(While the two older parties may seem more familiar to twenty-first century Americans, students may wish to acquaint themselves with the 1890s versions of the Republican and Democratic parties, as well.)

The Populist platform called for many reforms; chief among them were: 

1.  “Free silver” -- This slogan was the shortened version of "the free and unlimited coinage of silver."  By that they meant that once more silver should be turned into currency or used to back currency for the purpose of increasing the money supply.  Inflation of the currency would drive up the prices farmers could get for their crops.  This would help relieve the years of deflation they labored under.  

2.  “Progressive Income Tax.” -- By this the Populists meant graduated rates of taxation that reflected taxpayers' ability to pay.  Or as the Populists put it: "to the end that aggregated wealth shall bear its just proportion of taxation."  This was in response to centuries of revenue-gathering methods (tariffs and property taxes) that fell most heavily on those less able to pay.

3.  “Subtreasury Plan” -- Here the Populists were calling for a sort of farm price support through government backed crop storage and lending facilities.  The Sub-Treasury Plan had been one of the decisive factors leading Populists out of the two old parties, neither of which supported it.  First proposed by the Farmers Alliance, government-run local sub-treasuries would have amounted to warehouse-banks where farmers could deposit crops and withdraw a portion of their market value for cash flow purposes while awaiting better market prices.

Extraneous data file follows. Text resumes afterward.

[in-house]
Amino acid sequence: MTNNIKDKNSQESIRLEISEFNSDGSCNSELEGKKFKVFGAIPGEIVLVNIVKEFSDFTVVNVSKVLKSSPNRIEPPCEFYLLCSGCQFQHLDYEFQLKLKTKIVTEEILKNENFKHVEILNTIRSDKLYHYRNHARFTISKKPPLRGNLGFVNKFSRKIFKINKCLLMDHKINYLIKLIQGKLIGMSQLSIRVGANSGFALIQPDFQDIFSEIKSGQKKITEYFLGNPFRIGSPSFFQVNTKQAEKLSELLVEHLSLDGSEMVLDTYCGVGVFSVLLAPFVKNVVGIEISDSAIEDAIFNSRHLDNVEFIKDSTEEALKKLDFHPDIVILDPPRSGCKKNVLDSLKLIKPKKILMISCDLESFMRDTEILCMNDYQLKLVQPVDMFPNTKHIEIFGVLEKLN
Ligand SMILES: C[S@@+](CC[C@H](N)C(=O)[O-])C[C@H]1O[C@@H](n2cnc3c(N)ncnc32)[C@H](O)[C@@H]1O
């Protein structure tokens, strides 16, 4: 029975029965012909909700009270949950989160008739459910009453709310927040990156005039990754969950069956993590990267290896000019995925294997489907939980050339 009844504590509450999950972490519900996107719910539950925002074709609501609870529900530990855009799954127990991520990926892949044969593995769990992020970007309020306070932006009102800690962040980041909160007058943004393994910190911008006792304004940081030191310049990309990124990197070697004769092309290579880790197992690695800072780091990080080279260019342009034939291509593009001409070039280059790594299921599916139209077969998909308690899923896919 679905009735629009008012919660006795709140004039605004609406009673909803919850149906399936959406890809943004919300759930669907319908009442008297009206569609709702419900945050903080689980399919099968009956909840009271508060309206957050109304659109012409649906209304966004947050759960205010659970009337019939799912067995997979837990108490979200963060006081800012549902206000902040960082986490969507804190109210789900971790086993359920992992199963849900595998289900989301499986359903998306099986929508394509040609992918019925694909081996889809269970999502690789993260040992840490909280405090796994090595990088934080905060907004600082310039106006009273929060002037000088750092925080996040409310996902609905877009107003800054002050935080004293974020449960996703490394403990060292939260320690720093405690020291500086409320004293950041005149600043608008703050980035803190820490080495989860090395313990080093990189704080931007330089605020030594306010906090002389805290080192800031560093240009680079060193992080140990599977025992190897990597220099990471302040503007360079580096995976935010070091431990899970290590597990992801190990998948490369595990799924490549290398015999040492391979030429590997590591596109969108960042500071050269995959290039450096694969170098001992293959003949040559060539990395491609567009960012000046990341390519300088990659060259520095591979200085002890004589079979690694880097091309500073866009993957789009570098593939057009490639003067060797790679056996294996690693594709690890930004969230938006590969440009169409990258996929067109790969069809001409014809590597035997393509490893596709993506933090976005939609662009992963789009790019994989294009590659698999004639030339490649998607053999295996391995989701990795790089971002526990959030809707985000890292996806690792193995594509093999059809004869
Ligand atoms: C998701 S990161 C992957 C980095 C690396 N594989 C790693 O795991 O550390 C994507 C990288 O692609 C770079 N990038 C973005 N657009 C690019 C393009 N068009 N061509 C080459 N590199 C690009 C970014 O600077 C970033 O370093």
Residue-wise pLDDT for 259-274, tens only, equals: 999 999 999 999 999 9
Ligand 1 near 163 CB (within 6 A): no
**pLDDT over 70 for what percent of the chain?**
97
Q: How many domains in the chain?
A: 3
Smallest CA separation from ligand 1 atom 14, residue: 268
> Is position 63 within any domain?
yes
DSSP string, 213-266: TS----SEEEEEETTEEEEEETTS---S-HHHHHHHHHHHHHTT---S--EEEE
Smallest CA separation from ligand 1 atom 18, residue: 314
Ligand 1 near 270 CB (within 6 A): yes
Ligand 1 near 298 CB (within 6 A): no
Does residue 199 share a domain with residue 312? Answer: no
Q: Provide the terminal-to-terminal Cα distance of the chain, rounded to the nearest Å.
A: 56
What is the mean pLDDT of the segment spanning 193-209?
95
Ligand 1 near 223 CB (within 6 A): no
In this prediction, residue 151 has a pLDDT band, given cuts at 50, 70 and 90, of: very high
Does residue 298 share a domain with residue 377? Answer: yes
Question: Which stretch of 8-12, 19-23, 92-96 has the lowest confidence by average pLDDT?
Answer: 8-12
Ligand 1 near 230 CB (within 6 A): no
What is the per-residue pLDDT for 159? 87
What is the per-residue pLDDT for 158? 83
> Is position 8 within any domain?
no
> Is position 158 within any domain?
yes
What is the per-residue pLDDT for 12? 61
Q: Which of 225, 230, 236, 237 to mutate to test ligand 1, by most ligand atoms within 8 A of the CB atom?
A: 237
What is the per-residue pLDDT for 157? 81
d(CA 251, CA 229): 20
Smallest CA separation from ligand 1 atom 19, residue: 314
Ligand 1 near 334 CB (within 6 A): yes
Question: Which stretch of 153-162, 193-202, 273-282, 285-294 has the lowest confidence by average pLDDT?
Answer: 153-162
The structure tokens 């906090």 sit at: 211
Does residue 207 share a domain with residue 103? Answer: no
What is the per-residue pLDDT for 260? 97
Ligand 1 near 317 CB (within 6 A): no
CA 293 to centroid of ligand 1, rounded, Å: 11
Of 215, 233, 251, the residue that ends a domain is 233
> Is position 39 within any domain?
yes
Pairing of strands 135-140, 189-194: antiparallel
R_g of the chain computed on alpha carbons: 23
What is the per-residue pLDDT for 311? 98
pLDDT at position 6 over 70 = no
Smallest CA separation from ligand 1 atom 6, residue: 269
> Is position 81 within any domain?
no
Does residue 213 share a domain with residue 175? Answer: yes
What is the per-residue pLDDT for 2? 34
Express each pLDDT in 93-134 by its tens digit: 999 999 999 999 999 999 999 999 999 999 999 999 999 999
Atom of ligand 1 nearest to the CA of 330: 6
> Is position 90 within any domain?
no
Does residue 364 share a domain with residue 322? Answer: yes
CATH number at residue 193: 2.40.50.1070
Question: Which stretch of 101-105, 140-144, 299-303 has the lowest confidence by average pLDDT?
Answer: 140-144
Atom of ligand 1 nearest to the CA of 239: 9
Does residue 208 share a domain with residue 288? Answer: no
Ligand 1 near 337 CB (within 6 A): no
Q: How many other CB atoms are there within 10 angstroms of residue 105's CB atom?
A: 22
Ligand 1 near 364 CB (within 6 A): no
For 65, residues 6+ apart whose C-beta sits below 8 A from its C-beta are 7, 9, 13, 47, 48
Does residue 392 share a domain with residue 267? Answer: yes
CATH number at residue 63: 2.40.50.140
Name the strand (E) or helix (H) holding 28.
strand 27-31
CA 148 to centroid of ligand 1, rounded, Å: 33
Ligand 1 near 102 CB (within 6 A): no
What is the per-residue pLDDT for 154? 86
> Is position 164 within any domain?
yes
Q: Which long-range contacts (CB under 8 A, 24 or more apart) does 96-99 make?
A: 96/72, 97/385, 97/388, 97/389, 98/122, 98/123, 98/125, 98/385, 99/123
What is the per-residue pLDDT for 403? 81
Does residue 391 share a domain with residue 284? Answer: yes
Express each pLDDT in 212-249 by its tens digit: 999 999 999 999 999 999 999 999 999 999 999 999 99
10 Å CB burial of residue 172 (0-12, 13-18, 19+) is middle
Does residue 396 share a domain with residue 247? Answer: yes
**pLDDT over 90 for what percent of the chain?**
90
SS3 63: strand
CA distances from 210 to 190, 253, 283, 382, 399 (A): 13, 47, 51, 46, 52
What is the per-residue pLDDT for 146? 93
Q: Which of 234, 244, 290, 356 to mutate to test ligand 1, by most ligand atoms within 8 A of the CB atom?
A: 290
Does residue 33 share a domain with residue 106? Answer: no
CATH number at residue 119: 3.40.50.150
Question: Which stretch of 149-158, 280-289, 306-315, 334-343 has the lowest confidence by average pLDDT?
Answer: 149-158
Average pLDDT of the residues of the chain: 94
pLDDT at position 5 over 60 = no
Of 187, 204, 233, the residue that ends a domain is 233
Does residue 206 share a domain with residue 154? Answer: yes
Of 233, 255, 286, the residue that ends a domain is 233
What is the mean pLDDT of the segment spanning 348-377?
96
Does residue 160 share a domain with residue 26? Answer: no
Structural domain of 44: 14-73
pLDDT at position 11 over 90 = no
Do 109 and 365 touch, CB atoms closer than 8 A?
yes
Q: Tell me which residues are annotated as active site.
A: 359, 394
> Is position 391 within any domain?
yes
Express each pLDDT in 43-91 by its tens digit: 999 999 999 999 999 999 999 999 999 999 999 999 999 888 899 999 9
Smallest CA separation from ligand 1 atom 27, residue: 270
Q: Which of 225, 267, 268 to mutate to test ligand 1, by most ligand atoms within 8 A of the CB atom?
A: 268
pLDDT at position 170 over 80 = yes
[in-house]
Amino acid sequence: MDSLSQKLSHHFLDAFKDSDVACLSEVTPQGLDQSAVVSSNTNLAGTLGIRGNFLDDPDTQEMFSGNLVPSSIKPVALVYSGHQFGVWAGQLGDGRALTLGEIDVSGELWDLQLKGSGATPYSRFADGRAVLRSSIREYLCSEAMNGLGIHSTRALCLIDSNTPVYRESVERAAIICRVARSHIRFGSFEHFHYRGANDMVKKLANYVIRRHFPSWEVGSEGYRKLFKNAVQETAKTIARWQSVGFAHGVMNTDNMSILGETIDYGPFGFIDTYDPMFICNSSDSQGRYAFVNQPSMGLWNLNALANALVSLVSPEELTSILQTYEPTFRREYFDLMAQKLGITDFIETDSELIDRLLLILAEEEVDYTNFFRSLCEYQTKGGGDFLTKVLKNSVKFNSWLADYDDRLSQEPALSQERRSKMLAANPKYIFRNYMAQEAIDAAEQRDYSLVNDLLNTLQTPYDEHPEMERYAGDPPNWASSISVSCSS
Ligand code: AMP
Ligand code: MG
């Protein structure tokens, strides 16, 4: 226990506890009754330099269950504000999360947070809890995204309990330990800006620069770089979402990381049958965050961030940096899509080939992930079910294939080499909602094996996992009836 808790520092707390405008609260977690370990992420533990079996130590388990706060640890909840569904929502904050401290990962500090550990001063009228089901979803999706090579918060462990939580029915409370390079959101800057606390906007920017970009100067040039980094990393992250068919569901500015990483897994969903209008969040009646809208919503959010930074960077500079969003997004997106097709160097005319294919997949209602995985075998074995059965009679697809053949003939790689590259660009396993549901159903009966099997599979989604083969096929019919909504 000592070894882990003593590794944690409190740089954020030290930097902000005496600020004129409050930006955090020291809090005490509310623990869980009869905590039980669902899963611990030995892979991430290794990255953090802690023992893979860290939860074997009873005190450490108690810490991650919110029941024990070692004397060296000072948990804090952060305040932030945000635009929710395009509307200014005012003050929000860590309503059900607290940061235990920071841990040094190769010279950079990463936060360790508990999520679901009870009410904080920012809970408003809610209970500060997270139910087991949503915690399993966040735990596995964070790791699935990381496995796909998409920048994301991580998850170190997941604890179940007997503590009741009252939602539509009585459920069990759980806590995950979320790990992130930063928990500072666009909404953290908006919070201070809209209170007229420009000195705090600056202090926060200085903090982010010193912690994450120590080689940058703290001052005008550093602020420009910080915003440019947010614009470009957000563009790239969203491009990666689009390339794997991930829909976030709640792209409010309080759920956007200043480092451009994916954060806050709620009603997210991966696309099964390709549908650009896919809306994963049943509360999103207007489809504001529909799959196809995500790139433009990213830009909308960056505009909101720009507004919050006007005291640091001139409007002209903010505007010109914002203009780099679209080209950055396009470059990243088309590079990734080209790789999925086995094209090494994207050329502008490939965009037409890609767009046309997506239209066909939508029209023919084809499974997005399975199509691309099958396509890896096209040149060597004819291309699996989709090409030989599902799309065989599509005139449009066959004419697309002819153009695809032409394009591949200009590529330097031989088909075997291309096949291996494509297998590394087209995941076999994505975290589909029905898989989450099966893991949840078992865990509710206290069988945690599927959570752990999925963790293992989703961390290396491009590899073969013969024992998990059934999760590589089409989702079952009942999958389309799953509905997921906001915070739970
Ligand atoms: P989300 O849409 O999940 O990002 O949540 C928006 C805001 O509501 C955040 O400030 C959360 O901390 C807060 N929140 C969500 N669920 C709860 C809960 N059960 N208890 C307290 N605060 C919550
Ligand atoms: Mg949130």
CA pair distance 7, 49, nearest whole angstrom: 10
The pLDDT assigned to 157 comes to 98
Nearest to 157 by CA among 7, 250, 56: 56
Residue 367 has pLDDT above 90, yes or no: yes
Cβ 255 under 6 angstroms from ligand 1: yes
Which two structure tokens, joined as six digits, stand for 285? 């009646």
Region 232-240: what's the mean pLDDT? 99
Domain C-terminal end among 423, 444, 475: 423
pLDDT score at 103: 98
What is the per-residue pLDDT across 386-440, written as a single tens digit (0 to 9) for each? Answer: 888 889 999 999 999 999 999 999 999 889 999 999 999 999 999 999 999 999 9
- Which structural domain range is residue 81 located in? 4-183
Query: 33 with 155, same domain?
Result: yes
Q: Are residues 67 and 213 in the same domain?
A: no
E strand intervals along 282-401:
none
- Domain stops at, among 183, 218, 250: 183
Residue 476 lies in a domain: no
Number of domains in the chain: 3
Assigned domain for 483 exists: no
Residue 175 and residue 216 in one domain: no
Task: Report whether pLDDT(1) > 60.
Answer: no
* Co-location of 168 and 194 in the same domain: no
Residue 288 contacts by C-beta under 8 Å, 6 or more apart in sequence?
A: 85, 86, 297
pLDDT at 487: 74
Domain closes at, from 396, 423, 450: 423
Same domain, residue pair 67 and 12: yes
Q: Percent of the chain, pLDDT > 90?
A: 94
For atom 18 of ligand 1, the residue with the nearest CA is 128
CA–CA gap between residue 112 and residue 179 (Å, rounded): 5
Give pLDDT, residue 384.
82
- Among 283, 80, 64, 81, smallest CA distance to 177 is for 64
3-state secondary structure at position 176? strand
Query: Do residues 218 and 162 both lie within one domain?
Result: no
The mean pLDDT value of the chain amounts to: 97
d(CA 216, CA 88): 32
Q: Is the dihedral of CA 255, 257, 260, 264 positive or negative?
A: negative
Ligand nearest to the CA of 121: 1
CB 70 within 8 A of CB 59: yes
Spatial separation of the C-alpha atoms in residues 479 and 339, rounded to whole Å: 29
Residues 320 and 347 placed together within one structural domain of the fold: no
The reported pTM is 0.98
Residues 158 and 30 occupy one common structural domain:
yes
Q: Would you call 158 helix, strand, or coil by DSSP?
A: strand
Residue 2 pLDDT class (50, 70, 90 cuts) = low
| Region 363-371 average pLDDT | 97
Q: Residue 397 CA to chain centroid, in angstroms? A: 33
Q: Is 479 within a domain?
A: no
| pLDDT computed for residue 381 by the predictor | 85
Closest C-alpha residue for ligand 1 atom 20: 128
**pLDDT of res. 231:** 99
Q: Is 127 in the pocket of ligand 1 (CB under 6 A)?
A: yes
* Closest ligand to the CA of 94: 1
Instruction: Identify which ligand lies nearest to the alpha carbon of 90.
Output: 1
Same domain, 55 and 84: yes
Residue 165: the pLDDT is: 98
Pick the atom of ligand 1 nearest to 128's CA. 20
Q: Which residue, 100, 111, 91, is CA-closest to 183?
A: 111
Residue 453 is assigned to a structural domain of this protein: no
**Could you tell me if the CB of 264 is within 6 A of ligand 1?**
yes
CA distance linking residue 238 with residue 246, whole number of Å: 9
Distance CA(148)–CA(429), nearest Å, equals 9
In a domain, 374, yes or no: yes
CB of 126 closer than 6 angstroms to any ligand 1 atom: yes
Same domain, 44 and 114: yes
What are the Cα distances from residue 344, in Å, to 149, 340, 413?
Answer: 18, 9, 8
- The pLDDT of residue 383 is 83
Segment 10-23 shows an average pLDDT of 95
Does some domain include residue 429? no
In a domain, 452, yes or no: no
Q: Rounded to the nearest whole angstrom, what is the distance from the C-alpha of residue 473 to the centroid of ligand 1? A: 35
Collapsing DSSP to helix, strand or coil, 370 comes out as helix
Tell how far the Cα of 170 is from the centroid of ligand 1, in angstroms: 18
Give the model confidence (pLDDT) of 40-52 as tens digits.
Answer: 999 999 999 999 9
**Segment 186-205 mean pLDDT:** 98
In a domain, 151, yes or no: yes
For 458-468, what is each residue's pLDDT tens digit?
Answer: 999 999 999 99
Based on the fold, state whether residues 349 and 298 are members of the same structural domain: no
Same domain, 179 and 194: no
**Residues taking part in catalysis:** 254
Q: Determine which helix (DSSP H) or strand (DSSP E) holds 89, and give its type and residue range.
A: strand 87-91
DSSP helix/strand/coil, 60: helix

4. Government ownership of key industries -- The Populists called for social necessities ("public utilities"), such as the means of communication and transportation, to be publicly owned and administered.  Populists' main target were the railroads which loomed so largely over the farm economy.  As one Populist put it, "either the people must come to own the railroads, or the railroads will surely come to own the people.” 

Read the text of the 1896  Populist platform.

Fusion and defeat, 1896

In 1896 the left wing of the Democratic Party responded to the Populist challenge by adopting the most popular plank in the People’s Party platform calling for inflation through a return to a bimetallic (silver and gold) money standard.  The 1896 Democratic candidate, William Jennings Bryan, inspired the Populist Party to co-nominate him with his famous “Cross of Gold” speech before the Democratic Party’s National Convention.   

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Depicting the "theft" of the Democratic Party by the agrarian Left during the presidential election of 1896.  Conservative Democrat Grover Cleveland pursues his stolen Democratic Donkey as a policeman.

Despite the nomination of the two parties, Bryan lost the election of 1896 to Republican William McKinley whose party advocated retaining the gold standard.

Fusion with the Democrats split the Populist Party and led to its demise.  The label “populist” has survived for a hundred years, often used to label candidates or movements who adopt the language or style of the poor majority. 

Historians' interpretations of the "Populist moment" have ranged from positive to harshly critical, dependent, in part, on each historian's personal ideology and cultural baggage.  In the view of some, the Populist critique was founded in ignorance and even bigotry.  The other view has it that these rural protestors represented a democratic and humane alternative.   What do you think?